ERIC: Probably about two weeks from now we'll have all of the stuff that we were supposed to have two weeks ago.

RICK: Yeah, normally after about the first month things just start to click.

ERIC: A lot of the stuff that we brought out just doesn't work. The sound engineer is supposed to be using a very expensive digital delay, and it just doesn't work. And the fog machine...

RICK: Second one in two weeks.

ERIC: Anyway, the smoke machines haven't worked at all. Little things. You feel that the kids don't know, but still, it bums us out when, you know, "Where's the smoke, where the hell's the smoke?"

Q: Why the decision to go back into the smaller clubs as Soft White Underbelly?

RICK: It's just fun. But we're out 'til May, officially, and we'll probably be out through the summer but not touring as hard as now. We'll probably be doing weekends and outdoor shows.

ERIC: The record should be Top Ten by May, so...

Q: How many of you actually write?

ERIC: We all write and we do a lot of collaboration with people outside the band.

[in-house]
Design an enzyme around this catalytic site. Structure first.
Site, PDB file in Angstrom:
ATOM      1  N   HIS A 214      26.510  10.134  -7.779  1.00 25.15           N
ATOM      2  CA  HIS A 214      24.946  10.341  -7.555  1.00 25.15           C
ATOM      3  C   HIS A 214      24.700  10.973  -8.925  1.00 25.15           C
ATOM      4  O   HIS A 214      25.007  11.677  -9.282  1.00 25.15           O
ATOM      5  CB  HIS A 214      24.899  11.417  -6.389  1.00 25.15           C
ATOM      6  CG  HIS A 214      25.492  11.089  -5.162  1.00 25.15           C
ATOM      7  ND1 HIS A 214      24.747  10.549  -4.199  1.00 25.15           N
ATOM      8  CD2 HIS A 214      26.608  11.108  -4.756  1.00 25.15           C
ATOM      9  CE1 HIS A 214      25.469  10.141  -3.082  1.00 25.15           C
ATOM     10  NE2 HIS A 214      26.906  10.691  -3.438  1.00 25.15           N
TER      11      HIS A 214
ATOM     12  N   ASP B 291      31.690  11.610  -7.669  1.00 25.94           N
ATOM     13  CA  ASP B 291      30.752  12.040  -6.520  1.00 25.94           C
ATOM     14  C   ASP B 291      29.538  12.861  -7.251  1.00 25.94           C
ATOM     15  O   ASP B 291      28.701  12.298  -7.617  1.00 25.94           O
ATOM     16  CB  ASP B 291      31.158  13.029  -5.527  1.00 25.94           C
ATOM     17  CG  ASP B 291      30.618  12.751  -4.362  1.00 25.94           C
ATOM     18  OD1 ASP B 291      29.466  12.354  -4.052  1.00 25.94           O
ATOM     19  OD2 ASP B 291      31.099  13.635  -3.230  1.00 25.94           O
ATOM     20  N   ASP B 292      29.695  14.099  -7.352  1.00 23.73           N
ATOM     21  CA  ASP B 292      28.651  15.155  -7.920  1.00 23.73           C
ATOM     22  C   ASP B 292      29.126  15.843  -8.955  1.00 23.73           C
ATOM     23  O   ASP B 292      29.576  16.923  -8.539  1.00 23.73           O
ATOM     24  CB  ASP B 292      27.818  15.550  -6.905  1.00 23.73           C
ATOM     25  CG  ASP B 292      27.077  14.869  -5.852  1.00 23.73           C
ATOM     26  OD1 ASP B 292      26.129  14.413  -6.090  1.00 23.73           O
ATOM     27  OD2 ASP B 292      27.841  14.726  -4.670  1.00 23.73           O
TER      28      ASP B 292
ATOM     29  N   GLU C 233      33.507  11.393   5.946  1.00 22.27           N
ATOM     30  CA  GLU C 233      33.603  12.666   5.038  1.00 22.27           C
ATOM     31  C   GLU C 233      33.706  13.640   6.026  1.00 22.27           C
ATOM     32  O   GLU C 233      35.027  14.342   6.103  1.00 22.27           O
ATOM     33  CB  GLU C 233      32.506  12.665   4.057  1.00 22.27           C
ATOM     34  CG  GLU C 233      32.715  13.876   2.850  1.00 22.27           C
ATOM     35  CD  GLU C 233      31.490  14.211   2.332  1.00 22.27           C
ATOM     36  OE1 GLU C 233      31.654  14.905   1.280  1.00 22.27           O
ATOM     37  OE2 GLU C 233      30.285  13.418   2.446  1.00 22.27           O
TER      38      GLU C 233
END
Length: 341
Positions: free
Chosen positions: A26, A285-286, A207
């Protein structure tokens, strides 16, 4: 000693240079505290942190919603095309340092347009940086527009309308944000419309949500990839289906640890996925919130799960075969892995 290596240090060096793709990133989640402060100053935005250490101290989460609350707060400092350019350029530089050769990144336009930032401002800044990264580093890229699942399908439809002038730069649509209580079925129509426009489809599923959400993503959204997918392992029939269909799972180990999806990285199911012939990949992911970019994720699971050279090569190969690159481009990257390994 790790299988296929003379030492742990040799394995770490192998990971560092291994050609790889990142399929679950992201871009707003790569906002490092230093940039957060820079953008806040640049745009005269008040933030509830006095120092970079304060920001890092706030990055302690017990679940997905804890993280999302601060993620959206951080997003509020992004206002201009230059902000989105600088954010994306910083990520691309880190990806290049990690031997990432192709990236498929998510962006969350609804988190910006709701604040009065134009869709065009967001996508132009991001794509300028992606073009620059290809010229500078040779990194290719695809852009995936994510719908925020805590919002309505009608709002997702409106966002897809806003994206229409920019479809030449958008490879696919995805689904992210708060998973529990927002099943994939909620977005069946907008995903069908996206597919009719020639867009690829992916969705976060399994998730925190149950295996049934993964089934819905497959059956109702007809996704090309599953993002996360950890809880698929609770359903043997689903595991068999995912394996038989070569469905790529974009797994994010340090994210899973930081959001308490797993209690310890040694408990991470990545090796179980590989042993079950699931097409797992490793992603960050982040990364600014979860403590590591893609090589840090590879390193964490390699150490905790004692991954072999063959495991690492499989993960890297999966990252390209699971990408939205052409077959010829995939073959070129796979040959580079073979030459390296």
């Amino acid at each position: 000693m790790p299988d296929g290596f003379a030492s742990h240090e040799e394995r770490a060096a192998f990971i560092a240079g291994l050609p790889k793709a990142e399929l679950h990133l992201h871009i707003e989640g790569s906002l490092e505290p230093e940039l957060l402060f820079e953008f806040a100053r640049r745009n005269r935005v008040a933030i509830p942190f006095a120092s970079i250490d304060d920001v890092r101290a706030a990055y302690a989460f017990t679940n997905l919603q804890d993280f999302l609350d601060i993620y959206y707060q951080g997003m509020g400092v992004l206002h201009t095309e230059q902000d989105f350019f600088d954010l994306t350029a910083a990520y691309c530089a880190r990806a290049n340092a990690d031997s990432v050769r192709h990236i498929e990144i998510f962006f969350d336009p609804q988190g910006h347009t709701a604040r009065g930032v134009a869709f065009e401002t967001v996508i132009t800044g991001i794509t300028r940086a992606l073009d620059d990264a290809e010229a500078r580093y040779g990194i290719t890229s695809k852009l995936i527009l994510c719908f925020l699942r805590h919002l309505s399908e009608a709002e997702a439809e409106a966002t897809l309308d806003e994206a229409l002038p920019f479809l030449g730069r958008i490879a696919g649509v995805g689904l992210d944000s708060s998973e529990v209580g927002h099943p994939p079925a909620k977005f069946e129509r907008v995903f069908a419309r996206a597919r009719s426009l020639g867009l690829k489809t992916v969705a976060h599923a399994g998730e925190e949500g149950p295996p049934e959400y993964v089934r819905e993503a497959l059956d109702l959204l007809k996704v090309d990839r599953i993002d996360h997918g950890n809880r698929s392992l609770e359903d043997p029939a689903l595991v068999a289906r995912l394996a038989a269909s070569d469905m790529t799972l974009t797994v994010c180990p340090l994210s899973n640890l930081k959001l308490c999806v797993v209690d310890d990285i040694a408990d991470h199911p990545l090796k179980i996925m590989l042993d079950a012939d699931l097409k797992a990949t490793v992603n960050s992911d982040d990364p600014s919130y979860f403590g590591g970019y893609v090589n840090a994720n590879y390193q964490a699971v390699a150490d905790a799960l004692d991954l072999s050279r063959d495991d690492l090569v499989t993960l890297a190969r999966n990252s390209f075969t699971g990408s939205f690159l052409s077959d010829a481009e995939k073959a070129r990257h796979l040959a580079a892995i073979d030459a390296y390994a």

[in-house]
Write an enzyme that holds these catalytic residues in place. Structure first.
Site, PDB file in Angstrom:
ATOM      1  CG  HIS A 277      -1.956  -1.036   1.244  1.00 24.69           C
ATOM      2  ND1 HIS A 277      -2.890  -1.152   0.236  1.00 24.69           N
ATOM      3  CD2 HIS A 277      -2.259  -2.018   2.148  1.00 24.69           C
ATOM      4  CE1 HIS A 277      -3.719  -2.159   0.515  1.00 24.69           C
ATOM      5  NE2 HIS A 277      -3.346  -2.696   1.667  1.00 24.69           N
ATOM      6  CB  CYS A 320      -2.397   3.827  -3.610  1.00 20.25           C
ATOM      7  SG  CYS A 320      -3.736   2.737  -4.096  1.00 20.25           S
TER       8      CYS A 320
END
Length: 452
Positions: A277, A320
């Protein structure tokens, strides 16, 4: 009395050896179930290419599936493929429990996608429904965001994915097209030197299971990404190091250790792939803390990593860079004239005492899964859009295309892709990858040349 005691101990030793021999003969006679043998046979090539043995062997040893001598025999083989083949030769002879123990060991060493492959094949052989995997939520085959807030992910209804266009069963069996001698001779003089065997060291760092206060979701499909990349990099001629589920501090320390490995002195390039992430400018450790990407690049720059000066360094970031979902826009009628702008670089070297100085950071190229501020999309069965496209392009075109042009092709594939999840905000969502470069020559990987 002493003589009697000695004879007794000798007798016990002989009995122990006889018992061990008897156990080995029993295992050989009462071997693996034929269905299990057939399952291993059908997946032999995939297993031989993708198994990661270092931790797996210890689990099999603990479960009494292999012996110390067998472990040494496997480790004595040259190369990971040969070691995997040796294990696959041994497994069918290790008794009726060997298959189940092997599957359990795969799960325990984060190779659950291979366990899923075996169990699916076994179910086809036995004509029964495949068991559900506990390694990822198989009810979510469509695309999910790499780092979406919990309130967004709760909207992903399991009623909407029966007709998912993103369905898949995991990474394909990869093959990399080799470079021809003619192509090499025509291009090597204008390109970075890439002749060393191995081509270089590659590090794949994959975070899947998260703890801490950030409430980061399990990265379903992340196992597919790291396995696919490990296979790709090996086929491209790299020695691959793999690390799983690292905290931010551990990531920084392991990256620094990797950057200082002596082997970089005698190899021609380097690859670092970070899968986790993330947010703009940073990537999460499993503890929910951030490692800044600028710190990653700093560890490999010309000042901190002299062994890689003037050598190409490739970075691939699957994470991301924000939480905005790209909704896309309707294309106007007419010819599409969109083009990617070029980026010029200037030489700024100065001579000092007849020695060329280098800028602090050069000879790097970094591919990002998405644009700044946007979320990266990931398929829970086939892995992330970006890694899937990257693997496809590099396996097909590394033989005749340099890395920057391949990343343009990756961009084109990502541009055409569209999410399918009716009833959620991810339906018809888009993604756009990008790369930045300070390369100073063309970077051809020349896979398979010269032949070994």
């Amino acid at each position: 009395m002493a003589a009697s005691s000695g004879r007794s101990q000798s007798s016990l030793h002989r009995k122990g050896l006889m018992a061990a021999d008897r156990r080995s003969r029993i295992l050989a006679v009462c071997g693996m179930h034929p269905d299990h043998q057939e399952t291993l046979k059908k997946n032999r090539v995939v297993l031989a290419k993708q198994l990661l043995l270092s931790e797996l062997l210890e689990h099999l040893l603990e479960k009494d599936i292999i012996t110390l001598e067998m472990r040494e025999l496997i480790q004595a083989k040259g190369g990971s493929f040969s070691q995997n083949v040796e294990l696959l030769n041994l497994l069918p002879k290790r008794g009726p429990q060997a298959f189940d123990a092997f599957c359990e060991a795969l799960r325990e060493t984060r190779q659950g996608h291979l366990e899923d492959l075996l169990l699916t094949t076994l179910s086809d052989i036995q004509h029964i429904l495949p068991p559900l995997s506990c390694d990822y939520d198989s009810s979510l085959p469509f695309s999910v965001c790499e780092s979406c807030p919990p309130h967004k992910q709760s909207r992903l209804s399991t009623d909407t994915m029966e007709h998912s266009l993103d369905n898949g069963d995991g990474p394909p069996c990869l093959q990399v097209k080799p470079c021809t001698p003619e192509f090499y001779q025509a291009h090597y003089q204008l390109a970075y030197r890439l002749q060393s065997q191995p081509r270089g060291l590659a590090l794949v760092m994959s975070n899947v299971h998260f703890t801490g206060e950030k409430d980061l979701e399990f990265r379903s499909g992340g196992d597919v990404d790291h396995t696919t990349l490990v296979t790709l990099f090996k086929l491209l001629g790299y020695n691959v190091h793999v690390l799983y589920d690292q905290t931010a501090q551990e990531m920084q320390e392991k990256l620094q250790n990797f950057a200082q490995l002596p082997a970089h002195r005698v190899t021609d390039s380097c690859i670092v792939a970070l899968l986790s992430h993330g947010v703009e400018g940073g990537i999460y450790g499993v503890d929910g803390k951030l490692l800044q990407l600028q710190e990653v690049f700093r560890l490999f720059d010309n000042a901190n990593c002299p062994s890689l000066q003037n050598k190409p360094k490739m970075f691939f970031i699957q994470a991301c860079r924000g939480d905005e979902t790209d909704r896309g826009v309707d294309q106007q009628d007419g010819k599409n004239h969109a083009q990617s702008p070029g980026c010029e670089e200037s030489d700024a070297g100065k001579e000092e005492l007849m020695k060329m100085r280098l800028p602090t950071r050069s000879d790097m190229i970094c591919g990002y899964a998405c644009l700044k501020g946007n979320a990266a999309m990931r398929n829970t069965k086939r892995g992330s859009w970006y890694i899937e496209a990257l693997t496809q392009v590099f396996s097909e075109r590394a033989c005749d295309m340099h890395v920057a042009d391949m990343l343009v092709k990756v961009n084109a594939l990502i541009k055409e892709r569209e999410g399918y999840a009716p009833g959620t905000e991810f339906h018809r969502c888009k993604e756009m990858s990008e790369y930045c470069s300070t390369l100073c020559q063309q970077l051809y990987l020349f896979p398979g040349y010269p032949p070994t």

RICK: Actually, after this I'd really like to go back and work on the 13th album. We probably should start looking for a time frame, but...

ERIC: It's a little difficult now because we don't know how far this record is going to go. Our record just came on the charts a week ago, so we've got 142 numbers to go if we're going to make the Top Ten, and that'll take at least 14 weeks. Our new video will be premiering this Wednesday on MTV, and the only other video we have on MTV is "Burnin' for You." But we have a few others that U.S.A. plays.

Q: Since KOME has changed their format to heavy metal, do you think that they will be playing your new album?

RICK: We wouldn't be considered heavy metal. There are a lot of people who don't consider us a heavy metal band, but then again there's are a lot of people who do, so it's hard to say.

Q: So what do you consider yourselves?

ERIC: I think we do heavy metal songs, but we're not a heavy metal group.

RICK: I think we're a hard rock band.

ERIC: It's an old term but I think it's appropriate.

RICK: Metal bands, now... When I think of metal now, I think of Motley, Motφrhead, Girlschool, Def Leppard...

ERIC: Judas Priest, Iron Maiden...

RICK: Scorpions, they're all in there.

ERIC: Metal is back in vogue.

RICK: Our show tends to be heavy metal...

ERIC: Live, definitely.

RICK: But our records aren't.

ERIC: Look at "Burnin' for You," that's not a metal song. "Godzilla" is, and I'd say that "Take Me Away" is.

RICK: The older stuff definitely is more metal. But also, we've been putting out albums for ten or twelve years. We've gone through about four changes. You have to change.